A Community Devoted to the Preservation and Practice of Celestial Navigation and Other Methods of Traditional Wayfinding
From: Robin Stuart
Date: 2017 Feb 6, 09:09 -0800
It is gratifying to see the interest that this topic has generated. I would like to address Gary’s earlier criticism that was later clarified here. I hope that he will take it in the good natured way in which my comments are intended. I have been searching for some sort of analogy to how I interpreted Gary's words. The best I have come up with is something like “This dishwasher makes lousy toast”. That criticism would only be valid if it had failed in what it set out to do.
The claim of the paper that is made in the abstract is “A simple rapidly-convergent iterative procedure to obtain a running fix is described that avoids the notion of advanced LoPs and is readily applicable to both the sphere and ellipsoid.” And there’s an implicit claim that it is done right. That’s what is stated, that’s what was delivered, that’s what I stand by and am prepared to take it on the chin for if it’s wrong. Anything else…well…take or leave it.
There was never any claim made that this would revolutionize celestial navigation which we all understand works just fine up to the level of accuracy required. In fact during the review process I was asked to put a number on the difference between the result in the example and what you get from graphical methods. Here’s my response
Since navigators have been making use of plotted running fixes in practice for some considerable time it should be expected the deviation from the true position cannot exceed a few tenths of a nautical mile and I have checked that there are no unexpected surprises in the example given in the paper. To eliminate uncertainties introduced by manual operations I performed a calculation that mimics plotting the running fix on a standard plotting sheet centred on 48°N 134° W which is also used as the initial dead reckoning position. This fix differs from the one in the paper by 0.13 nautical miles which is at a level consistent with expectations.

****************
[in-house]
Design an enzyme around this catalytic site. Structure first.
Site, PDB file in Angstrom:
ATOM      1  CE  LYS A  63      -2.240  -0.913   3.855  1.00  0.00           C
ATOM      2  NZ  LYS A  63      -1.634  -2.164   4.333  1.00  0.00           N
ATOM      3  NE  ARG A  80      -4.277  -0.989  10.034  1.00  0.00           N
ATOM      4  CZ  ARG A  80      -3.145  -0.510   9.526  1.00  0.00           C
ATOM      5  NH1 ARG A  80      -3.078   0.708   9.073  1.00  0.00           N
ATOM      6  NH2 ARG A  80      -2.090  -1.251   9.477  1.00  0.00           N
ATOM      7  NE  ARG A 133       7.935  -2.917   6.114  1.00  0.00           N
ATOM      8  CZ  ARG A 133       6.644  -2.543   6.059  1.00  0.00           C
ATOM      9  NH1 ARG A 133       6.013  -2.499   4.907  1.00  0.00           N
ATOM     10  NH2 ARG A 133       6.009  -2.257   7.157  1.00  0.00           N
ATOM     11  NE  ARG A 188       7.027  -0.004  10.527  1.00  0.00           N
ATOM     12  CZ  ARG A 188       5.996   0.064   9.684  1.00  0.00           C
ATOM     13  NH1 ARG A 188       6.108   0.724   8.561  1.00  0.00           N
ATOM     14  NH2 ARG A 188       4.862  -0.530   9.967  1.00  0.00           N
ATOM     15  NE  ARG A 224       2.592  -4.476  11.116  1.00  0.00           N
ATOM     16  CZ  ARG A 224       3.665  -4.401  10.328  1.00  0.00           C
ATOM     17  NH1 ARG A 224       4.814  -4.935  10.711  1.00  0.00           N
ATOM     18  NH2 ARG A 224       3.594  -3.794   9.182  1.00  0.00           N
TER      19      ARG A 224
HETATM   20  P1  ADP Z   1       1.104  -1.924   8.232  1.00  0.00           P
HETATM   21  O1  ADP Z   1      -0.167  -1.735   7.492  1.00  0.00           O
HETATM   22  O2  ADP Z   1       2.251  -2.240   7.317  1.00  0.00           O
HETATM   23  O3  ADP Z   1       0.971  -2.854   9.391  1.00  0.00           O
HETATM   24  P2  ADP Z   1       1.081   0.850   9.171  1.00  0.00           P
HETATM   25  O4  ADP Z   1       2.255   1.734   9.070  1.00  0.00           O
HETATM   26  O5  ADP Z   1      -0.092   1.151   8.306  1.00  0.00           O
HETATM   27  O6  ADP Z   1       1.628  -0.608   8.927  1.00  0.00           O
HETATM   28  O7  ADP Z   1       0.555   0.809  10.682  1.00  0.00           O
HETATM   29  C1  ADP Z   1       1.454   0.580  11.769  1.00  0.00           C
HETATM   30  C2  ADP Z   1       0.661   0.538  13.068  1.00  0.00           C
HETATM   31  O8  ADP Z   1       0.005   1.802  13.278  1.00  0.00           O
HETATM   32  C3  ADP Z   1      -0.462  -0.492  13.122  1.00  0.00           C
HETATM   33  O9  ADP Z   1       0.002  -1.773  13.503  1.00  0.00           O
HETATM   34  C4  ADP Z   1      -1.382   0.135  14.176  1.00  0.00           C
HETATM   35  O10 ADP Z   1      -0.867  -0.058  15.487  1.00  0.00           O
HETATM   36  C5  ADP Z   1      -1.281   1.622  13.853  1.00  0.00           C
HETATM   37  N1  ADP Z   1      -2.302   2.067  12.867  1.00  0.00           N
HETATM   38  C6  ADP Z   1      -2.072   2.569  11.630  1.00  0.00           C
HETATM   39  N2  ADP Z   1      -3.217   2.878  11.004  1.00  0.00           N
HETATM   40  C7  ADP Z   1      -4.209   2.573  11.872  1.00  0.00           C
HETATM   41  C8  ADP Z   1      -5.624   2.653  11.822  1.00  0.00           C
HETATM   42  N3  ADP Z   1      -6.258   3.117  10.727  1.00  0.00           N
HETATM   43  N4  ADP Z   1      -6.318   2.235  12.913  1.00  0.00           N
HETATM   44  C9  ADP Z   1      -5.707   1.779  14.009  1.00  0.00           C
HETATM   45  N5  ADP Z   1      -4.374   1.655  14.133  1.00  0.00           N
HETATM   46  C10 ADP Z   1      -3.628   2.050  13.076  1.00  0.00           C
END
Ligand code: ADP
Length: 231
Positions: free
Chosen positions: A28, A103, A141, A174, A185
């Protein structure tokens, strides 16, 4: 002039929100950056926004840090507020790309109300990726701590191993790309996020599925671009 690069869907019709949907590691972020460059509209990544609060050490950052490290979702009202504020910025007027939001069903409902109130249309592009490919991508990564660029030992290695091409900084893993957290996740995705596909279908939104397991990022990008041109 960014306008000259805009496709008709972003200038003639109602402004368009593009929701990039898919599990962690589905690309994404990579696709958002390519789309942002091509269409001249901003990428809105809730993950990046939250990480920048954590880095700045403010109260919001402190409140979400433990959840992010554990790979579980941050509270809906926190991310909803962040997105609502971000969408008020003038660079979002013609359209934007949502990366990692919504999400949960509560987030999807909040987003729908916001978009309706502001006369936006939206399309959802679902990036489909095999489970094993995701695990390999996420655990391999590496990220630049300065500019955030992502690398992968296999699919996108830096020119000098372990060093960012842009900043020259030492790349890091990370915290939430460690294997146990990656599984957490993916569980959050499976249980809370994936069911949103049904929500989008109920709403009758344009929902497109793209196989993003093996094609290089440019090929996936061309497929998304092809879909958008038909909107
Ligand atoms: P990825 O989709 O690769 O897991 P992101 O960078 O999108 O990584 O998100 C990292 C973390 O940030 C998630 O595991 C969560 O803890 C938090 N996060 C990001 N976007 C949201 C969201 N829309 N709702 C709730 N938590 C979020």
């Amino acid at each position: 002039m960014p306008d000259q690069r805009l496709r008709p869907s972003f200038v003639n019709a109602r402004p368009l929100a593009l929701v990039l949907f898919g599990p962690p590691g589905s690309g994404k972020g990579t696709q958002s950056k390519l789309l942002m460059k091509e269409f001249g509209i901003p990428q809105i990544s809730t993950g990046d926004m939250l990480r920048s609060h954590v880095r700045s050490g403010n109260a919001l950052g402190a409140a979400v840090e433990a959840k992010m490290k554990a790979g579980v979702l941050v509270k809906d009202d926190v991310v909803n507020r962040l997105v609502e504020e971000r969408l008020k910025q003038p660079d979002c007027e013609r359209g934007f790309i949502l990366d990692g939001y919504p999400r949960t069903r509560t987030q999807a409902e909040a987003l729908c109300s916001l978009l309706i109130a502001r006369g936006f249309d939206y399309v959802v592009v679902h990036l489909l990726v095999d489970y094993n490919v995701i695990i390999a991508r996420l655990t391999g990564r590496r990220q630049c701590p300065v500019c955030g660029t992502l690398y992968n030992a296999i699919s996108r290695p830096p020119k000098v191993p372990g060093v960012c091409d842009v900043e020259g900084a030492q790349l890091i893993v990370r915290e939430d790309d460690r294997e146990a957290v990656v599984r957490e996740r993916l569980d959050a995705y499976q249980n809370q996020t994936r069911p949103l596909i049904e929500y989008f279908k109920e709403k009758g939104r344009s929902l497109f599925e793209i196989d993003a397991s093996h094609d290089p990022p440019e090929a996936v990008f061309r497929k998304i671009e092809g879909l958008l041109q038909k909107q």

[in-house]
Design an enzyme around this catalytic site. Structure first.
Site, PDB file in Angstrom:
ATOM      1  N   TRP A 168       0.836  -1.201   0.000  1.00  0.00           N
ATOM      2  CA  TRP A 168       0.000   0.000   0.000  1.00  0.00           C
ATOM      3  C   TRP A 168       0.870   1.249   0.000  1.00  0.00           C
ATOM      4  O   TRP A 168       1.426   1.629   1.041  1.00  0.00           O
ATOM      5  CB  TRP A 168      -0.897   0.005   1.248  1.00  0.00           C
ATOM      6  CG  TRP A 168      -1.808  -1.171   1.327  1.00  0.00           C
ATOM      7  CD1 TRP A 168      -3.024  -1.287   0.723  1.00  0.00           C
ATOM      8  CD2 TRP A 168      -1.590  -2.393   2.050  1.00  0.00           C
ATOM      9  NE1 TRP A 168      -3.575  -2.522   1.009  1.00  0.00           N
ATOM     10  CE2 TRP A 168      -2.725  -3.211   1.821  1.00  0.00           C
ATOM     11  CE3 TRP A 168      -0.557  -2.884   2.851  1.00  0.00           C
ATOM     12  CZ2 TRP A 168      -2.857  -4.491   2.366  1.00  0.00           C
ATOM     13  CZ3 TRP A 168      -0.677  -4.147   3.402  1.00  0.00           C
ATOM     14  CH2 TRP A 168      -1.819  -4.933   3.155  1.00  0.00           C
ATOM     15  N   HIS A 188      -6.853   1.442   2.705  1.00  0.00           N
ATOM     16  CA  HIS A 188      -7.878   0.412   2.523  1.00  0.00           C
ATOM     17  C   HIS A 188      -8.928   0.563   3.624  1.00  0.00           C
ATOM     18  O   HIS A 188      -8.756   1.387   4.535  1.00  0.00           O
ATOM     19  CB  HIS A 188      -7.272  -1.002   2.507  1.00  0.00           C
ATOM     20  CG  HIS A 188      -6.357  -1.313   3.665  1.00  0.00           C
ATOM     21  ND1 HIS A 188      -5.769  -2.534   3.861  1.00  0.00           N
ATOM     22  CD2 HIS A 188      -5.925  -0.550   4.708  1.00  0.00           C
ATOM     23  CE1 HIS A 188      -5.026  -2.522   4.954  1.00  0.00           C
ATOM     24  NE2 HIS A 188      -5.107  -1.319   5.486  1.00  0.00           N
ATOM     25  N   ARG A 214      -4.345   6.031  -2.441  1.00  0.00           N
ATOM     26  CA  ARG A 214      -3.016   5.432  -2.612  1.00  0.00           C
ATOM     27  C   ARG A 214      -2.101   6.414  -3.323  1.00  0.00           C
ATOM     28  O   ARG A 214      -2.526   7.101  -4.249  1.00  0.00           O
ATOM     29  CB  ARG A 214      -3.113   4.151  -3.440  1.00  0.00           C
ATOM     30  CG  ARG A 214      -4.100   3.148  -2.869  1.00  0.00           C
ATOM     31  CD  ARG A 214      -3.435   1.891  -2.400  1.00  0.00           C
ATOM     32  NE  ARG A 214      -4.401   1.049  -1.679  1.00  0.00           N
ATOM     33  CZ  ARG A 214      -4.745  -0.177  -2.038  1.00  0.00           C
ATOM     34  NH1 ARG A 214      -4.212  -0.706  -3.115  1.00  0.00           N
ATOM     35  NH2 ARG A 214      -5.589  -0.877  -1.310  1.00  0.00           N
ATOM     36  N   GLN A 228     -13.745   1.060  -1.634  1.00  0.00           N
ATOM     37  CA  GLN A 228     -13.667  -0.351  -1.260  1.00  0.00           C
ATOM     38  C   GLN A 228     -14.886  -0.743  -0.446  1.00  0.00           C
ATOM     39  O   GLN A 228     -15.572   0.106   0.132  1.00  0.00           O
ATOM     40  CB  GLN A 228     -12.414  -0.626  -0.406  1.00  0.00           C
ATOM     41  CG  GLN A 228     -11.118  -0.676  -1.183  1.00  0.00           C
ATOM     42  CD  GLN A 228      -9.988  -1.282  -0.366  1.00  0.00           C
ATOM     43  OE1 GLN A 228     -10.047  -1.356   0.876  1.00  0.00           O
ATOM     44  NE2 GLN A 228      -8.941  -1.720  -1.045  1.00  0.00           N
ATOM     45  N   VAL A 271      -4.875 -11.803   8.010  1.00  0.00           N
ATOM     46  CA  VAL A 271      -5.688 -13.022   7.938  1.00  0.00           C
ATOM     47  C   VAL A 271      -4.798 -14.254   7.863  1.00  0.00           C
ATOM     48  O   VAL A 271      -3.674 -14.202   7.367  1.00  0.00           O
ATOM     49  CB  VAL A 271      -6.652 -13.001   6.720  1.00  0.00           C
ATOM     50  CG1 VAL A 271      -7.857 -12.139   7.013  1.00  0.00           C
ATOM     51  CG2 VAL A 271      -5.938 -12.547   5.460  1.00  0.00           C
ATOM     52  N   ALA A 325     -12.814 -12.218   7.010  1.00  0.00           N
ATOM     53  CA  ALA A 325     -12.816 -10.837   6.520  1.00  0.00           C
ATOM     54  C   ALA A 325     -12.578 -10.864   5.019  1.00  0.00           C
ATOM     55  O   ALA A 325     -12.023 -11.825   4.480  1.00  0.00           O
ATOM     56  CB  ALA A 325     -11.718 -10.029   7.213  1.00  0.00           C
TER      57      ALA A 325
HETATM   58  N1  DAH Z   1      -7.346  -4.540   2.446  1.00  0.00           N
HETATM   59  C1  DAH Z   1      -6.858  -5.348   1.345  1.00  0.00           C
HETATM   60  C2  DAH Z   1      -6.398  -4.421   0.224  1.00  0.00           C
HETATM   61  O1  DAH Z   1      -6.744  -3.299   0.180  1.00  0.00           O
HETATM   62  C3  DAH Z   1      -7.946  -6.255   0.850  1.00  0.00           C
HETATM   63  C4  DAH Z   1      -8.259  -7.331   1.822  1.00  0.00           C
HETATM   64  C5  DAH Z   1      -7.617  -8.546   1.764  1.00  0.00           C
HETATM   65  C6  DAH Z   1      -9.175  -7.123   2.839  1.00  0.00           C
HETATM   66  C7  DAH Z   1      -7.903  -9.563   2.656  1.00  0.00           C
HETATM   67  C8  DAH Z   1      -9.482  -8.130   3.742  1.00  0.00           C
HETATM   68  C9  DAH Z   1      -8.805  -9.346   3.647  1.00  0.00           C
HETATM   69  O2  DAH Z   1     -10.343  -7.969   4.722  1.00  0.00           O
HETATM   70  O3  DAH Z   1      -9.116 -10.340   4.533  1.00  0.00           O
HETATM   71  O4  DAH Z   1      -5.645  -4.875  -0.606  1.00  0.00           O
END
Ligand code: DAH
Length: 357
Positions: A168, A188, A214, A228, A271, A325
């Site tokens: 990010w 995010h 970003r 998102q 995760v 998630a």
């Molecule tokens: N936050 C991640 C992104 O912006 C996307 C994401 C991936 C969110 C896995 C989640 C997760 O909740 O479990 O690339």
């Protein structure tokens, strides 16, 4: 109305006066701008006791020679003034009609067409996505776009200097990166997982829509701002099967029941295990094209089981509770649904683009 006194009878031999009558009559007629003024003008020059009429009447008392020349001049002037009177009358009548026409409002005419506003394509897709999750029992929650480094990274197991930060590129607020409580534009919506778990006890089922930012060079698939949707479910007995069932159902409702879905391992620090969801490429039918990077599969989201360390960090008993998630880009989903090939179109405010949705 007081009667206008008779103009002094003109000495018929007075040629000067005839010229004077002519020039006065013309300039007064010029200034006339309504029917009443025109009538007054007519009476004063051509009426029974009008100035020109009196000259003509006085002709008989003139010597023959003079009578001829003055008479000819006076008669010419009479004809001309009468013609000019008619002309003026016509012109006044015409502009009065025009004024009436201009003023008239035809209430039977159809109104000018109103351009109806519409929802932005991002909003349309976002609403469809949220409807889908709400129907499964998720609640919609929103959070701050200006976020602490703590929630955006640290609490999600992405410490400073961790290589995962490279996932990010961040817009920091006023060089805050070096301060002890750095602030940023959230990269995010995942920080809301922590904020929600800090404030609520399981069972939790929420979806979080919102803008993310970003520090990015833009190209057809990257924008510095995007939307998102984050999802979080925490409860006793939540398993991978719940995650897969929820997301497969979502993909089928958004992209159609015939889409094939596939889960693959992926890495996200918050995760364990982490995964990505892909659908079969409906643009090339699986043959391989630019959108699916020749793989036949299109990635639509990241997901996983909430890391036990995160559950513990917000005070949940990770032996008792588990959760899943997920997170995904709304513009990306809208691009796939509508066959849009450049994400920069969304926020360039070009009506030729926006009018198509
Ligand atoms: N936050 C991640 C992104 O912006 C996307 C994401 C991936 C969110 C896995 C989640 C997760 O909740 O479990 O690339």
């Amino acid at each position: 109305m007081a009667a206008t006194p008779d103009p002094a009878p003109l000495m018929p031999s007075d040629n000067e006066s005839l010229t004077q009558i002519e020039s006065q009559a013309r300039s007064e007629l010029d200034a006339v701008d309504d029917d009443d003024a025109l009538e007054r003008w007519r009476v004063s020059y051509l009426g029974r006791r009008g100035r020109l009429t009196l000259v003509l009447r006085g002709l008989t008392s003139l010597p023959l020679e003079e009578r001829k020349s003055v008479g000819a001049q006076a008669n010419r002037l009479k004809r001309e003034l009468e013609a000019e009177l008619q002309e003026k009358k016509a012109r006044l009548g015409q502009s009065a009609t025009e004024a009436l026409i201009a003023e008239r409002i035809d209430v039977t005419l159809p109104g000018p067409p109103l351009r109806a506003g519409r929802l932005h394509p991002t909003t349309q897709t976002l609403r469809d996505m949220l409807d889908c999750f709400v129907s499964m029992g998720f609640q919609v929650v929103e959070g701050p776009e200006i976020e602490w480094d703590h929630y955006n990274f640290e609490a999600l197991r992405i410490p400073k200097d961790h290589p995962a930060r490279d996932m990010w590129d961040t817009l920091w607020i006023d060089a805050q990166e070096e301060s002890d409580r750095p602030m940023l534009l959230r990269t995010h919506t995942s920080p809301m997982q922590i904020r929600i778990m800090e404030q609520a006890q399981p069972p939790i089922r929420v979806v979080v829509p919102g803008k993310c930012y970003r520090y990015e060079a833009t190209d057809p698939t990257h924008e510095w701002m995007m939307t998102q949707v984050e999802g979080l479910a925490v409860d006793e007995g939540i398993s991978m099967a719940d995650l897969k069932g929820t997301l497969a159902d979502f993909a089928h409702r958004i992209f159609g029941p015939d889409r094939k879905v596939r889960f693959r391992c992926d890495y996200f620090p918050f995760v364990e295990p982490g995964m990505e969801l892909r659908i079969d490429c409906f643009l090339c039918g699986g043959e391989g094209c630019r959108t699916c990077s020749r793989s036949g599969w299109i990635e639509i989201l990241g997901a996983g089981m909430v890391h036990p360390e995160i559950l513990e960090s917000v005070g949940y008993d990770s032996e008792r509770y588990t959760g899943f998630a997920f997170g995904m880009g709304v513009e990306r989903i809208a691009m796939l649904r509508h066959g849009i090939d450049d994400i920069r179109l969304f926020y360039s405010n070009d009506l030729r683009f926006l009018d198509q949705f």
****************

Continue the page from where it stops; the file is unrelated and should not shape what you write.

I am uneasy at quoting a single comparative number because of the many variables upon which plotted fixes depend. These include
- · The actual dead reckoning positions or assumed positions if tables are used
- · Whether the fix was plotted on a plotting sheet or Mercator chart
- · The parallel on which the plotting sheet or chart is centred
- · Whether a correction for the curvature of LoP’s is applied
- · Pencil thickness verses plot scale etc.
The problem of the running fix on the sphere has received a great deal of prior attention on Navlist (some links are given here) and an incorrect solution was discussed in print by the late George Huxtable. It is not problem that to my knowledge had ever been given a satisfactory solution. There is mention of it for the case of the ellipsoid in Williams, Geometry of Navigation but he doesn’t push it through and suggests going about it in a way that is more complicated than necessary i.e. he treats it as a 2 parameter problem. On that basis I consider it worth taking a look into.
At the end of the day the key lessons from the paper in my opinion are
- Trying to generalize the notion of an advanced LoP from the plane to the sphere is unnecessary and unhelpful.
- The solution can be reduced to one of finding the root of a non-linear equation in just one variable.
- The solution is simple enough that it can be pushed through for the case of the ellipsoid (which I think is surprising and very cool but you don’t have to agree.)